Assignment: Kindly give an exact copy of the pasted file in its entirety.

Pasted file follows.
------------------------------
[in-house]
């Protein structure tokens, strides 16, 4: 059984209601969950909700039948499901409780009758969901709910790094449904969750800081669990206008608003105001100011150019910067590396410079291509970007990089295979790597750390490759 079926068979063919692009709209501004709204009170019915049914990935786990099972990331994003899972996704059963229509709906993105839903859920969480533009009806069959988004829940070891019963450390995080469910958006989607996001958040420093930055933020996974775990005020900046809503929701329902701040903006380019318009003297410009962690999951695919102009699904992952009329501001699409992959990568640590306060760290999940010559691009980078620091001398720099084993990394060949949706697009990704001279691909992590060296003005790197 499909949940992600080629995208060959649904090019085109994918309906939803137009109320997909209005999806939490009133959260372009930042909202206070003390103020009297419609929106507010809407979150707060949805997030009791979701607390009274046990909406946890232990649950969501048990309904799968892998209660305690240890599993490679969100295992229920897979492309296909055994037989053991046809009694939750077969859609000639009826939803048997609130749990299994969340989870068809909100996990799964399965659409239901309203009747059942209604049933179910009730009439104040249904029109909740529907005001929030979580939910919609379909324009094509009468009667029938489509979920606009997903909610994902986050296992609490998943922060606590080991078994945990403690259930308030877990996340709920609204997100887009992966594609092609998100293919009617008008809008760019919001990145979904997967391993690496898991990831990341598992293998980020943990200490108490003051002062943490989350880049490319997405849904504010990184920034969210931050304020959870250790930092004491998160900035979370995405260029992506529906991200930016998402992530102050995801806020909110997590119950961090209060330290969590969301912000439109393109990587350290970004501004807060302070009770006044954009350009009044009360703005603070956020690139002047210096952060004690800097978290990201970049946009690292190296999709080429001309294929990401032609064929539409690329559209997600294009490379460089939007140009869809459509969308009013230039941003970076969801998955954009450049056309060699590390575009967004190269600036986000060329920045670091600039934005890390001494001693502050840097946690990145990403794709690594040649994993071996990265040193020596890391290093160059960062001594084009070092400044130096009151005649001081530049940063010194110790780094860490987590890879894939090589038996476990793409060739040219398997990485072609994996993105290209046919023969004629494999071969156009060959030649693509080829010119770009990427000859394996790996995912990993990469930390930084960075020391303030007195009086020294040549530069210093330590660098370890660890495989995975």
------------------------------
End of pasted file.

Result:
[in-house]
């Protein structure tokens, strides 16, 4: 059984209601969950909700039948499901409780009758969901709910790094449904969750800081669990206008608003105001100011150019910067590396410079291509970007990089295979790597750390490759 079926068979063919692009709209501004709204009170019915049914990935786990099972990331994003899972996704059963229509709906993105839903859920969480533009009806069959988004829940070891019963450390995080469910958006989607996001958040420093930055933020996974775990005020900046809503929701329902701040903006380019318009003297410009962690999951695919102009699904992952009329501001699409992959990568640590306060760290999940010559691009980078620091001398720099084993990394060949949706697009990704001279691909992590060296003005790197 499909949940992600080629995208060959649904090019085109994918309906939803137009109320997909209005999806939490009133959260372009930042909202206070003390103020009297419609929106507010809407979150707060949805997030009791979701607390009274046990909406946890232990649950969501048990309904799968892998209660305690240890599993490679969100295992229920897979492309296909055994037989053991046809009694939750077969859609000639009826939803048997609130749990299994969340989870068809909100996990799964399965659409239901309203009747059942209604049933179910009730009439104040249904029109909740529907005001929030979580939910919609379909324009094509009468009667029938489509979920606009997903909610994902986050296992609490998943922060606590080991078994945990403690259930308030877990996340709920609204997100887009992966594609092609998100293919009617008008809008760019919001990145979904997967391993690496898991990831990341598992293998980020943990200490108490003051002062943490989350880049490319997405849904504010990184920034969210931050304020959870250790930092004491998160900035979370995405260029992506529906991200930016998402992530102050995801806020909110997590119950961090209060330290969590969301912000439109393109990587350290970004501004807060302070009770006044954009350009009044009360703005603070956020690139002047210096952060004690800097978290990201970049946009690292190296999709080429001309294929990401032609064929539409690329559209997600294009490379460089939007140009869809459509969308009013230039941003970076969801998955954009450049056309060699590390575009967004190269600036986000060329920045670091600039934005890390001494001693502050840097946690990145990403794709690594040649994993071996990265040193020596890391290093160059960062001594084009070092400044130096009151005649001081530049940063010194110790780094860490987590890879894939090589038996476990793409060739040219398997990485072609994996993105290209046919023969004629494999071969156009060959030649693509080829010119770009990427000859394996790996995912990993990469930390930084960075020391303030007195009086020294040549530069210093330590660098370890660890495989995975």